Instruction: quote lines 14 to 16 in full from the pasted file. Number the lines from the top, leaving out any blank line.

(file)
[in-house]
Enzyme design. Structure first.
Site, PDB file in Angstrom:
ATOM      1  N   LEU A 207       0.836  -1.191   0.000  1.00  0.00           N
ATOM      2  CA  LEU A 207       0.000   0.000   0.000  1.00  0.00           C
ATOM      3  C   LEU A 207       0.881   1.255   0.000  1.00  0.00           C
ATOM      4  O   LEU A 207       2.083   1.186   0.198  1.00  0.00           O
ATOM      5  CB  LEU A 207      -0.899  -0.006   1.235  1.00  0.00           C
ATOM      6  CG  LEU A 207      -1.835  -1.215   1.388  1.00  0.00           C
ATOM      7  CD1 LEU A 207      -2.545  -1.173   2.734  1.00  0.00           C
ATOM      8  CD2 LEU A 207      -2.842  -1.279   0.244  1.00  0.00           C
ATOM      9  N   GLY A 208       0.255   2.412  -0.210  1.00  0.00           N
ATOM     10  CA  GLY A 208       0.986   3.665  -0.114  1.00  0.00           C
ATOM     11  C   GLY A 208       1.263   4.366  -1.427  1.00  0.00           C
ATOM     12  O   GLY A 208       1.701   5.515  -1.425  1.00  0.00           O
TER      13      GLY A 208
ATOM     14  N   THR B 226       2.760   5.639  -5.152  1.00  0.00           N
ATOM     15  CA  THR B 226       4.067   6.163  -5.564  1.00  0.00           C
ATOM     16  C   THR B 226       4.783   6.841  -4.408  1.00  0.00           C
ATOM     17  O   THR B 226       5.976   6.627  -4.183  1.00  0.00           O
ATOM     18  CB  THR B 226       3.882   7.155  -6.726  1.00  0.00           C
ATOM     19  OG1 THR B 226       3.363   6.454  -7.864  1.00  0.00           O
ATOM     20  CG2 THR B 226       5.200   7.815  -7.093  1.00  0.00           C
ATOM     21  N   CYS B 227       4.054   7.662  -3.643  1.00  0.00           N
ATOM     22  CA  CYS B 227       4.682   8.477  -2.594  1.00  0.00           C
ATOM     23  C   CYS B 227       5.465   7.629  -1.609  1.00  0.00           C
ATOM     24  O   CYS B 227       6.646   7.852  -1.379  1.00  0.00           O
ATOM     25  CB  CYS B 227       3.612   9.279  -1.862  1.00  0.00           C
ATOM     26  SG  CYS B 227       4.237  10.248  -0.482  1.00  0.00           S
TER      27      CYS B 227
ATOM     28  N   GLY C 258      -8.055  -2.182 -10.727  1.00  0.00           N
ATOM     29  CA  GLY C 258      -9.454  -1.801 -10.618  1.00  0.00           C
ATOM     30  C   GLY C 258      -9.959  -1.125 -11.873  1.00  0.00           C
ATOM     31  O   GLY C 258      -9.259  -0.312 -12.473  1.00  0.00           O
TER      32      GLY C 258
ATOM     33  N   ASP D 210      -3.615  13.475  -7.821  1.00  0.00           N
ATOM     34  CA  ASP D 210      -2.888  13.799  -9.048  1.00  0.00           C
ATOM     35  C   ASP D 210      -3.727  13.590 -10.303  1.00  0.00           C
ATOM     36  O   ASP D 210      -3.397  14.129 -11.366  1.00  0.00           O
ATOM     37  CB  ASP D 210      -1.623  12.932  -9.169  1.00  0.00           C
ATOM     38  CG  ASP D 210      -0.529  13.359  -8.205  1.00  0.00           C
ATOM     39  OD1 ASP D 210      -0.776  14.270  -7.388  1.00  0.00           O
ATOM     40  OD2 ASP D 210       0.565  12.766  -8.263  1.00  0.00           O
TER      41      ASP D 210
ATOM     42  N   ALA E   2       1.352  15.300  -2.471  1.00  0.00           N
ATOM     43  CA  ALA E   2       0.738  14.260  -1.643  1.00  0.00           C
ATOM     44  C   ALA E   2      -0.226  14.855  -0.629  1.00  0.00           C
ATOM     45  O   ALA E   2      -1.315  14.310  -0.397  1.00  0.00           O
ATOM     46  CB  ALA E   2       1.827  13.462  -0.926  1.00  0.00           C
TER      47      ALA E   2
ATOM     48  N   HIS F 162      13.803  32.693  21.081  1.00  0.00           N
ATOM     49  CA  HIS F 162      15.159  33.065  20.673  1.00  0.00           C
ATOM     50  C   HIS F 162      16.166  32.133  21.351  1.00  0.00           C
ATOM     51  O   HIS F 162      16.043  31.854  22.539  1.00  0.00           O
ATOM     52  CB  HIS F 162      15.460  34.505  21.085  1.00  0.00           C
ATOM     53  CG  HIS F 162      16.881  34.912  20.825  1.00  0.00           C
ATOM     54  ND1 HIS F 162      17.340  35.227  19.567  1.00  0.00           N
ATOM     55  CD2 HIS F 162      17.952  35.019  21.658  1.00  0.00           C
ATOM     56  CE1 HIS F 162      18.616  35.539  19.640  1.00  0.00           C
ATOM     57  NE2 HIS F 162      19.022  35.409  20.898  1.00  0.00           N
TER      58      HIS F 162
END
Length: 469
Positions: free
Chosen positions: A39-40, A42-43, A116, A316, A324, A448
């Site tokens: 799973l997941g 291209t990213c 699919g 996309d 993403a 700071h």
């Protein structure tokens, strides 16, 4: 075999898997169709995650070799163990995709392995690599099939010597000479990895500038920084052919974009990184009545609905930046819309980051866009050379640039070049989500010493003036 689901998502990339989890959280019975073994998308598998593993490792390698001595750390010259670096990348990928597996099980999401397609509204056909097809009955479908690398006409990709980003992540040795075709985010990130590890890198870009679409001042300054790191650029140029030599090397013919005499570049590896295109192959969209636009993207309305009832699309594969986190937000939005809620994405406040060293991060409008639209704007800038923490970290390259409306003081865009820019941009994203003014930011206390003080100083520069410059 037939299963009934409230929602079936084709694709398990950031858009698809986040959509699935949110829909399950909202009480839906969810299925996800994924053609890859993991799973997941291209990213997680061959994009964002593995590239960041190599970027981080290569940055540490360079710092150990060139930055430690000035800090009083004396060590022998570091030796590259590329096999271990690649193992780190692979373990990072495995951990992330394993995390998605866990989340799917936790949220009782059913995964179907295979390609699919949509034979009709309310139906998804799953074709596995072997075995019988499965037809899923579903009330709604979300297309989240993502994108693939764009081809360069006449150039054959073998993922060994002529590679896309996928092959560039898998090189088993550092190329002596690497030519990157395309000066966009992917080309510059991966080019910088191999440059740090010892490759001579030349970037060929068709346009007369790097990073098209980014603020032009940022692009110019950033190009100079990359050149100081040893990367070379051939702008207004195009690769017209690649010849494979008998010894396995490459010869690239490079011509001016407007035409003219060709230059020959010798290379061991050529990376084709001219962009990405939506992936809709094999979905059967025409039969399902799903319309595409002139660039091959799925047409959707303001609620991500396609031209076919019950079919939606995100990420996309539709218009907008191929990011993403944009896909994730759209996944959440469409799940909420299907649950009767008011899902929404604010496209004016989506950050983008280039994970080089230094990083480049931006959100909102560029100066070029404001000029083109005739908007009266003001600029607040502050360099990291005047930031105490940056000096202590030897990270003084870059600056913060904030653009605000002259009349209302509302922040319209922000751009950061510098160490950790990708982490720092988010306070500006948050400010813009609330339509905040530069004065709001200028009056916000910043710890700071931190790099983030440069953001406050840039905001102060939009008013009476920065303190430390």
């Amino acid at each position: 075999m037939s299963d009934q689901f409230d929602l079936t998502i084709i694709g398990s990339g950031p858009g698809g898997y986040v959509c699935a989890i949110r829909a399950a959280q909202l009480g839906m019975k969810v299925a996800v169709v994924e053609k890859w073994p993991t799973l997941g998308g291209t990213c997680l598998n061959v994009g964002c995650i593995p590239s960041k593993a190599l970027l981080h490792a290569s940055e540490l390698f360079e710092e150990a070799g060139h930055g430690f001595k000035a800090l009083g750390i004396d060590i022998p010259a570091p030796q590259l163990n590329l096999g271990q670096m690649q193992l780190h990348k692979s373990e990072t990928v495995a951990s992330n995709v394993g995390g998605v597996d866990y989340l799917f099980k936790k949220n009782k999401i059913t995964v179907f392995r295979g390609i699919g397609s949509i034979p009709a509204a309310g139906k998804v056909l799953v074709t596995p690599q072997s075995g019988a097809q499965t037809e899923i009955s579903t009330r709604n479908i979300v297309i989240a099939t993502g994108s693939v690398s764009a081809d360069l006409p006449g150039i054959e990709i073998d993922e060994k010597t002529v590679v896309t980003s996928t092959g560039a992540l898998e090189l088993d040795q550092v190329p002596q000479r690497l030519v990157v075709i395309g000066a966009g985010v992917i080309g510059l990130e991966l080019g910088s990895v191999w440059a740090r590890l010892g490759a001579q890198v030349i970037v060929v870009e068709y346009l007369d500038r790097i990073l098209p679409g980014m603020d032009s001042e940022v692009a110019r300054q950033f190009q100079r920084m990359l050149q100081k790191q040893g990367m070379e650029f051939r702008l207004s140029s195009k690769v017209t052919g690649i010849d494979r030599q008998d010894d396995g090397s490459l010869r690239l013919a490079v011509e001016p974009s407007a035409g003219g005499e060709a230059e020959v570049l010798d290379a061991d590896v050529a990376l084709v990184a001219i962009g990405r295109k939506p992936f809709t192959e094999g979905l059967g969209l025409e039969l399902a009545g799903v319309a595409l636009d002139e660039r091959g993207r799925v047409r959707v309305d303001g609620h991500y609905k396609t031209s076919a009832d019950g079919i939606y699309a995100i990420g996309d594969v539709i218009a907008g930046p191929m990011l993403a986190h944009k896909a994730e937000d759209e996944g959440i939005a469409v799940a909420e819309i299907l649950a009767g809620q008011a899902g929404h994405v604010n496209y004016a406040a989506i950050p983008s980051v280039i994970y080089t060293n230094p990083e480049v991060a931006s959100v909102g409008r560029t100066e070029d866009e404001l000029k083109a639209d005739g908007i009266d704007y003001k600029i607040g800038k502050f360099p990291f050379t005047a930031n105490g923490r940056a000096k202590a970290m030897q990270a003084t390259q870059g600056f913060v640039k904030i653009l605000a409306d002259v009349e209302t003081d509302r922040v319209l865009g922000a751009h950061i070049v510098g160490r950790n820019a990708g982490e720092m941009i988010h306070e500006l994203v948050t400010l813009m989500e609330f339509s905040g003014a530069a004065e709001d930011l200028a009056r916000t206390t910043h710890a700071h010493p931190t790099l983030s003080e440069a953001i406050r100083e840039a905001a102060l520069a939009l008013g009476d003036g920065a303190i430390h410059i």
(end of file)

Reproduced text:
ATOM     11  C   GLY A 208       1.263   4.366  -1.427  1.00  0.00           C
ATOM     12  O   GLY A 208       1.701   5.515  -1.425  1.00  0.00           O
TER      13      GLY A 208